The “Jeopardy!” Greatest of All Time tournament has been leading in the ratings and sparking conversation this past week — but it could come to an end tonight, if Ken Jennings wins his third match. I’ve loved having an extra hour of “Jeopardy!” almost every day, but I’m surprised that Brad Rutter hasn’t fared better so far. If he or James Holzhauer, who’s won one match, wins tonight (starting at 8 p.m. Eastern on ABC), the tournament will continue tomorrow. And if you’ve been inspired to try out for the show, sign up
for the online test later this month. — Cathy (the WYWW “Jeopardy!” expert)
Jan. 7, 2020:
“Jeopardy!” got ready to decide its best player ever
Why it matters:
“Jeopardy!” has held many mega-tournaments during its 36 years on the air, but starting tonight
, it’s aiming to find its greatest player of all time. The three contestants are Ken Jennings, who won 74 consecutive games; Brad Rutter, who’s won the most money of any contestant; and James Holzhauer, who dominated this past “Jeopardy!” season and won its Tournament of Champions. Personally, I think James will win, given that he’s the youngest and has played the most recently. However, Brad has beaten Ken in almost all their previous matchups (a notable exception is the 2011 tournament that was won by IBM’s Watson computer), so maybe he’ll come through again this time. Above all, I hope the competition is fun for host Alex Trebek as he thinks about the end of his tenure. — Cathy (the WYWW “Jeopardy!” expert)
June 4, 2019:
“Jeopardy!” James’ streak is over, thanks to a gutsy challenger
As WYWW’s resident “Jeopardy!” expert, I can attest to the impressiveness of James Holzhauer’s 32-game winning streak, which ended Monday night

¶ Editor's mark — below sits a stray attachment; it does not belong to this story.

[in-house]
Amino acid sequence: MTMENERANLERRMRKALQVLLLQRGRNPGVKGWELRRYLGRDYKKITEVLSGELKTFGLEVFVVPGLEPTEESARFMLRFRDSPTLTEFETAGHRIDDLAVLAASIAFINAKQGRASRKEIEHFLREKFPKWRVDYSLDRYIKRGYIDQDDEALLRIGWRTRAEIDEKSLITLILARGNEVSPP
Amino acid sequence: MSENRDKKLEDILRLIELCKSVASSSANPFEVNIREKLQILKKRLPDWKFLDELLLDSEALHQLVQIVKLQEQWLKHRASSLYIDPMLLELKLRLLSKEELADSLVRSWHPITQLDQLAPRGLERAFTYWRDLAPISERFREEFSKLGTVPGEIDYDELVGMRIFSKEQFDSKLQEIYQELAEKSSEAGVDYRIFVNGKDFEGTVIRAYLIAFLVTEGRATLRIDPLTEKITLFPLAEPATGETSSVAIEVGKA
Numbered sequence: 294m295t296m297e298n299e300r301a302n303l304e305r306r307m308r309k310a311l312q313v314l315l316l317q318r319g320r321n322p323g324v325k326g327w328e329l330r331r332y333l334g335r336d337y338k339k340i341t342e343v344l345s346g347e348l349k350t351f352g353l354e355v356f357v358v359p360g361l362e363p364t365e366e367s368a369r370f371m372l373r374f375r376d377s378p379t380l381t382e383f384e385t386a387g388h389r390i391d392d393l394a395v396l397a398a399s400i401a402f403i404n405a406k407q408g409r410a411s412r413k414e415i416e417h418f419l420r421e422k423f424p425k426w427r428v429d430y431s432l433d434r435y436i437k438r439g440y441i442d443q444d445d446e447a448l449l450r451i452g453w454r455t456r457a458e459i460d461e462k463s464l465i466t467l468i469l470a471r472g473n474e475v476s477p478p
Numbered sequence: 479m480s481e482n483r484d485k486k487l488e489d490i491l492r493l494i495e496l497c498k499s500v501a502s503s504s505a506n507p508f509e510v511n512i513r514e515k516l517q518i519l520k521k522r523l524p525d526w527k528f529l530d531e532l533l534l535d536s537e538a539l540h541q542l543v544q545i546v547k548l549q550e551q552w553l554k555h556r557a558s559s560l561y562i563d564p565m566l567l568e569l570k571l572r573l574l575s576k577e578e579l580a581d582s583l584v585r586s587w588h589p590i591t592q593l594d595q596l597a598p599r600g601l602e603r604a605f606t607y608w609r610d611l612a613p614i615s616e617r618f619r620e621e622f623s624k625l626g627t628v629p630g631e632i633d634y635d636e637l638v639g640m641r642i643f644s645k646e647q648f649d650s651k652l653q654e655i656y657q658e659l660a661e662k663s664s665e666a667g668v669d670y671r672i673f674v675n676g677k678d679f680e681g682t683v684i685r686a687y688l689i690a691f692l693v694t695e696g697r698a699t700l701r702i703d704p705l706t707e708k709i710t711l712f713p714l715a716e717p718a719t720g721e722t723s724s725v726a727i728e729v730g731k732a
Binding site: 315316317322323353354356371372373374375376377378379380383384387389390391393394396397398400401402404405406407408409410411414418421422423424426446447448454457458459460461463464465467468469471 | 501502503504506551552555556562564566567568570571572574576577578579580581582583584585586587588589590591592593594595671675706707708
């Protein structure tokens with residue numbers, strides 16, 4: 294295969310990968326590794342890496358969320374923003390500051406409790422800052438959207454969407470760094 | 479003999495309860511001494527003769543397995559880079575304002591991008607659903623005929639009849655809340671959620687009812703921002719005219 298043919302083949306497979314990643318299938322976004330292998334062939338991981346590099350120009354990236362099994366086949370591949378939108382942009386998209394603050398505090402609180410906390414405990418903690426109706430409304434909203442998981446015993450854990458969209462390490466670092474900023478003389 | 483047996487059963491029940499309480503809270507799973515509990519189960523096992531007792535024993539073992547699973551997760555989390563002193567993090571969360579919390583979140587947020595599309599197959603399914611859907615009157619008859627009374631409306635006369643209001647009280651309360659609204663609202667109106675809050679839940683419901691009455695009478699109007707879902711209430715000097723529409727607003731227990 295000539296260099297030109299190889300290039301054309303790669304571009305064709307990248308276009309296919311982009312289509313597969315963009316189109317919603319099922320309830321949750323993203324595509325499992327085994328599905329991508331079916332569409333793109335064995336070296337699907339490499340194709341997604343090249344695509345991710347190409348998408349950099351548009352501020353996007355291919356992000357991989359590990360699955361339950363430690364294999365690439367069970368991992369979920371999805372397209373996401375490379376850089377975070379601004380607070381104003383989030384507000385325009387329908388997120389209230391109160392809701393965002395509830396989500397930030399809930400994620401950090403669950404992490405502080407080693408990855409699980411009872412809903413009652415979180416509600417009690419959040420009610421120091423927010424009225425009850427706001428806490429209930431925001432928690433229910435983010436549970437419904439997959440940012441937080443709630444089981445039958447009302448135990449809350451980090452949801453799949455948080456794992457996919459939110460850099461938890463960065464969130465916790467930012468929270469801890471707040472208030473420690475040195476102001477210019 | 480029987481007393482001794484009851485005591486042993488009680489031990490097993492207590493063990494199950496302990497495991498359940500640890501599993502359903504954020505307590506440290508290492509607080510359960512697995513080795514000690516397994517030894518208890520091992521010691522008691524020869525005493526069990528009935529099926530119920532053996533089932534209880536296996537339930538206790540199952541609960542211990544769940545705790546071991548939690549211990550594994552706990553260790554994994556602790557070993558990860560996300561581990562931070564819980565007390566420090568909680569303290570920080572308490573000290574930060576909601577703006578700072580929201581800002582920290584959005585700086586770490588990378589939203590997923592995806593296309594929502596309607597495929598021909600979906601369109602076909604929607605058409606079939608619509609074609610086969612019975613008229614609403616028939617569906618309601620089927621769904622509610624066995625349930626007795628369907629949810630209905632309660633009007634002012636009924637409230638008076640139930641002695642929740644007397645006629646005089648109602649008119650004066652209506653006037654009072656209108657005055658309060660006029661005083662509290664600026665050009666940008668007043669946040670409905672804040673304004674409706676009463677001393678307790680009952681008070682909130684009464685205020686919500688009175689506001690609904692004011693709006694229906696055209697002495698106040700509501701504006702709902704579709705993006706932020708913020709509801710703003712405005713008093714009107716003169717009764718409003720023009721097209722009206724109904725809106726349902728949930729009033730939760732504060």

. Winning just one game, let alone two like I did in 2012, is hard enough, but to have the stamina to make it to 32 and break records along the way is astounding. What’s really noteworthy is that James won just about as much money as record-holder Ken Jennings — $2.46 million vs. $2.52 million — but did it in less than half as many games — 32 vs. 74 — by making supersize wagers and zeroing in on Daily Doubles and higher-value clues. (James’ small Final Jeopardy wager of $1,399 on Monday made perfect sense, however, as he was trying to lock out challenger Jay Sexton, who finished in third place.) For me, James’ games were less exciting to watch because I always figured he’d win, but I appreciate how he’s gotten people of all ages talking about “Jeopardy!” and helped boost its ratings. Hats off also to Emma Boettcher, who beat him in impressive fashion, finishing with $46,801. James’ challengers often adopted his unorthodox approach, and I’m interested to see whether future contestants will keep doing that — and what James will do for an encore. — Cathy
The Arlington (Va.) Connection
Aug. 29, 2018:
Backpacks with a blessing
By Catherine Guiles
When some children in Arlington go back to school next month, they’ll bring more than notebooks and pencils. Their backpacks will have special tags attached, courtesy of churches that gave the backpacks — and the students wearing them — a blessing for the new year.
“We thought it would be a fitting start to the school year for people to carry their faith into their daily life,” said the Rev. Ann Barker, rector at St. John’s Episcopal Church in Glencarlyn. Her congregation is holding its Blessing of the Backpacks on Sept. 9.